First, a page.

Fridge Sounds Like Water Gurgling. Here’s Why?

A refrigerator will emit a variety of noises when it is operating. You might hear sounds like this, such as bubbling or gurgling. You might consider it so unusual that you start to wonder if it still constitutes a standard element of your refrigerator’s everyday operation or if it is already an indication of technical failure.

Thankfully, the gurgling sound coming from your refrigerator is very typical. The Freon in the refrigerator is making the noise you’re hearing, which shouldn’t be a cause for alarm. We’ll talk about why a refrigerator generates this noise in this article and why you shouldn’t worry about it.

The only sound you ever want to hear from a refrigerator is a consistent hum, indicating that it keeps your food cool as it should be. However, a gurgling sound coming from your refrigerator could mean a problem. 

You should be concerned if you notice any changes in how your refrigerator operates, including an odd sound, as these machines are costly to replace. Fortunately, a gurgling sound does not necessarily mean a significant problem.

What Causes A Refrigerator To Gurgle 

Fridge Sounds Like Water Gurgling

It’s common to hear some gurgling as a refrigerator settles. To cool down its compartments, a refrigerator uses the power of evaporation. This is accomplished by the refrigerator’s internal copper tubes continuously undergoing evaporation and condensation of the refrigerant gas (Freon).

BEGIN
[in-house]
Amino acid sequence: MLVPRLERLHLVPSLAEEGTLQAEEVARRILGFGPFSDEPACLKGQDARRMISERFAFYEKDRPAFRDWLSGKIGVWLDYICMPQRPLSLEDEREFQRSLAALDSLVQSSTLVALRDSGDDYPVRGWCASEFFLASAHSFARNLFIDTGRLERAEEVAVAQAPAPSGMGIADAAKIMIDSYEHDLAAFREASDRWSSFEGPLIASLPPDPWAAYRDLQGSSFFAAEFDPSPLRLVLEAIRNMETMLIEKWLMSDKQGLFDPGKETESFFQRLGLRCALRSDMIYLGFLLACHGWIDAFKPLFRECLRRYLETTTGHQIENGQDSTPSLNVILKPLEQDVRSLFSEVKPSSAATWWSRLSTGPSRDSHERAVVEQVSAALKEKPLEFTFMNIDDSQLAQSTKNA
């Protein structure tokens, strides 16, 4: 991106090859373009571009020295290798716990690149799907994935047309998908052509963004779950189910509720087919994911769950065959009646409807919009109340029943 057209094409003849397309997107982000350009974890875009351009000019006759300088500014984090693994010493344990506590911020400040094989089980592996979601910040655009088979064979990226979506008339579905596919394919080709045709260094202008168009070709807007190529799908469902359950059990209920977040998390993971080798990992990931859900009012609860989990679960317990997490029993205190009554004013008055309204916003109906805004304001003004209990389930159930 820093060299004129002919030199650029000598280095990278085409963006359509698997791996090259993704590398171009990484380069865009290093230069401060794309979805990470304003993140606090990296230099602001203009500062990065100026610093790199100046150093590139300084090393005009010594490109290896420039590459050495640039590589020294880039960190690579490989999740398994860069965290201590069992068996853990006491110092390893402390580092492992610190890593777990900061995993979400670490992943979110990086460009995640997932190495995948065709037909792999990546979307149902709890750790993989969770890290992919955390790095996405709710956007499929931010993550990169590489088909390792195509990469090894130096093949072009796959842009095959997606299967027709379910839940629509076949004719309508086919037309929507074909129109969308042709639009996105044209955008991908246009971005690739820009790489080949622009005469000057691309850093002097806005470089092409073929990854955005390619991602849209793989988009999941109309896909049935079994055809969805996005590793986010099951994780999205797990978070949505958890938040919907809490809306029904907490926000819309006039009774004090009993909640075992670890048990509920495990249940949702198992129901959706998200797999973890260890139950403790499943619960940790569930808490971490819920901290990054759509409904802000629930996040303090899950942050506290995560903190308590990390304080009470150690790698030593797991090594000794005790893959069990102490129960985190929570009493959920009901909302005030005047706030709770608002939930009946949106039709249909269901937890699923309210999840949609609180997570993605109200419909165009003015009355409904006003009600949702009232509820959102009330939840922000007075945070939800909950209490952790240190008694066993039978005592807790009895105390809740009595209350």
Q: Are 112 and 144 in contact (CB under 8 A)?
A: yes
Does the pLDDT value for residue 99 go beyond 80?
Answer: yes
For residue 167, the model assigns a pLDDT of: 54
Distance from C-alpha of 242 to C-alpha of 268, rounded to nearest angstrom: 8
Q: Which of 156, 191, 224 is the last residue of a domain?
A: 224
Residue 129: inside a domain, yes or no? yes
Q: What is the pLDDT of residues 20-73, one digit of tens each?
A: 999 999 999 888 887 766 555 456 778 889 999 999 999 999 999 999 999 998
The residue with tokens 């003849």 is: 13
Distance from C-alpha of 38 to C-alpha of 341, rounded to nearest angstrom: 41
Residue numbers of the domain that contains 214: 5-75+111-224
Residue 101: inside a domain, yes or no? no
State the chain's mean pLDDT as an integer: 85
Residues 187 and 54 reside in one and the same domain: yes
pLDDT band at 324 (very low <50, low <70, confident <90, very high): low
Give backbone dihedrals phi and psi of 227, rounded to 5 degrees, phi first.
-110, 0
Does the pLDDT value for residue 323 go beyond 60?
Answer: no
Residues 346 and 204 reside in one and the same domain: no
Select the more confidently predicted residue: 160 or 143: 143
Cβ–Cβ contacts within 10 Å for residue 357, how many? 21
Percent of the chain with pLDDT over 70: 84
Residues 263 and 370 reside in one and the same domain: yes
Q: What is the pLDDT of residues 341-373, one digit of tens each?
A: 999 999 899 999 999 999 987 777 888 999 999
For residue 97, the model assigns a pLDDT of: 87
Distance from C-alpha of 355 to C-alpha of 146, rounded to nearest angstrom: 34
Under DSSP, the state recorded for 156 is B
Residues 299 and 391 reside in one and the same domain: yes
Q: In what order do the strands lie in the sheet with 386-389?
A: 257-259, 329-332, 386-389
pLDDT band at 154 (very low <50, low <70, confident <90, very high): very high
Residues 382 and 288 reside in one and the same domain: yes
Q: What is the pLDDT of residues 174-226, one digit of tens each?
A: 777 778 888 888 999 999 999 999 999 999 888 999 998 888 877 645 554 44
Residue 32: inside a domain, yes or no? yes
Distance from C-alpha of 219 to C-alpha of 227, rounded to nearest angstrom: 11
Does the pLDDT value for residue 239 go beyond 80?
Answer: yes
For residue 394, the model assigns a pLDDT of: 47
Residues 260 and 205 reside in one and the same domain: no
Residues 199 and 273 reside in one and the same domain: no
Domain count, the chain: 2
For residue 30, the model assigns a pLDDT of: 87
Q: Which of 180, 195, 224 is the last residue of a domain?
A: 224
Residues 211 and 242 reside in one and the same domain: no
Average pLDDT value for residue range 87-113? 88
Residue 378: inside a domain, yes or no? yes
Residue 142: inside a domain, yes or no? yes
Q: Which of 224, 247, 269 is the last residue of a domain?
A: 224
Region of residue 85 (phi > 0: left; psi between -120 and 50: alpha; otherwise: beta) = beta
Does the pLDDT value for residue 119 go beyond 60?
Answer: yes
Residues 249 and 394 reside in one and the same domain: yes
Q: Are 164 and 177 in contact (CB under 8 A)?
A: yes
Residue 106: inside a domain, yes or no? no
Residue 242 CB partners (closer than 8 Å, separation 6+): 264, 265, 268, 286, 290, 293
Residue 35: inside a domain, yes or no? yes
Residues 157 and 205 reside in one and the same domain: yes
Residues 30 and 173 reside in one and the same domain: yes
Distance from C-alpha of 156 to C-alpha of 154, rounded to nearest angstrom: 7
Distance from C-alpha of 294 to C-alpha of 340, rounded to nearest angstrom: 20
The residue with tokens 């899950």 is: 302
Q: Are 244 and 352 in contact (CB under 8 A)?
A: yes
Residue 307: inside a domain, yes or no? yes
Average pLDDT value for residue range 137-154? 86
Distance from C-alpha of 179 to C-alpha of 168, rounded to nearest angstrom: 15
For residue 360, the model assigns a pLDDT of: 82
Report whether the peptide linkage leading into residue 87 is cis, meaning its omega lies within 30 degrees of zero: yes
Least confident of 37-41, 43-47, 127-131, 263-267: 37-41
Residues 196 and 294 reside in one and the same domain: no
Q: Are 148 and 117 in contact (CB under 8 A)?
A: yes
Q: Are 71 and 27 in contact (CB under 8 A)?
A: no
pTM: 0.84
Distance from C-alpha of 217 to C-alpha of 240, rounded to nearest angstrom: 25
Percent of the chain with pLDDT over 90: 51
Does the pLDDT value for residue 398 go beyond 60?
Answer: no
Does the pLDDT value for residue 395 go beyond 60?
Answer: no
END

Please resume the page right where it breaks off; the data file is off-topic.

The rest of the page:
The Freon begins as a liquid, but after being pumped through the expansion valve of the refrigerator, it loses a lot of its liquid state. The cooling effect of the fridge is caused by the evaporation of this boiling liquid, which finally converts into gas.

By now, you should have guessed that the gurgling and bubbling sound you hear while your refrigerator operates is typically caused by boiling Freon. 

Fun fact: Although the Freon appears to be “boiling,” it’s not that hot. The boiling point of R-134a, one of the most used refrigerant gasses for refrigerators, is -26°C, far lower than the boiling point of water, which is 100°C. 

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Defrost Heater Coming Into Contact With Water (no frost models) 

To remove the frost from their freezer, no-frost refrigerators include a heating element hidden behind the freezer’s walls. When water drips into the heating element, a hissing, sizzling, or gurgling sound may be made. That is typical. 

An Overflowing Drain 

The melted frost is directed out of the refrigerator by a drain pipe. The water rushes out of the drain hole and occasionally makes an odd bubbling and gurgling sound. This is typical.

Water Supply Line Leaks

You should confirm the water supply line for spills or damage if your refrigerator is making gurgling noises. There might be a liquid pool on the ground. When bringing in fresh water, the fridge may gurgle if the air is drawn into the water line. You can either replace the defective hose or get assistance from a specialist who repairs appliances.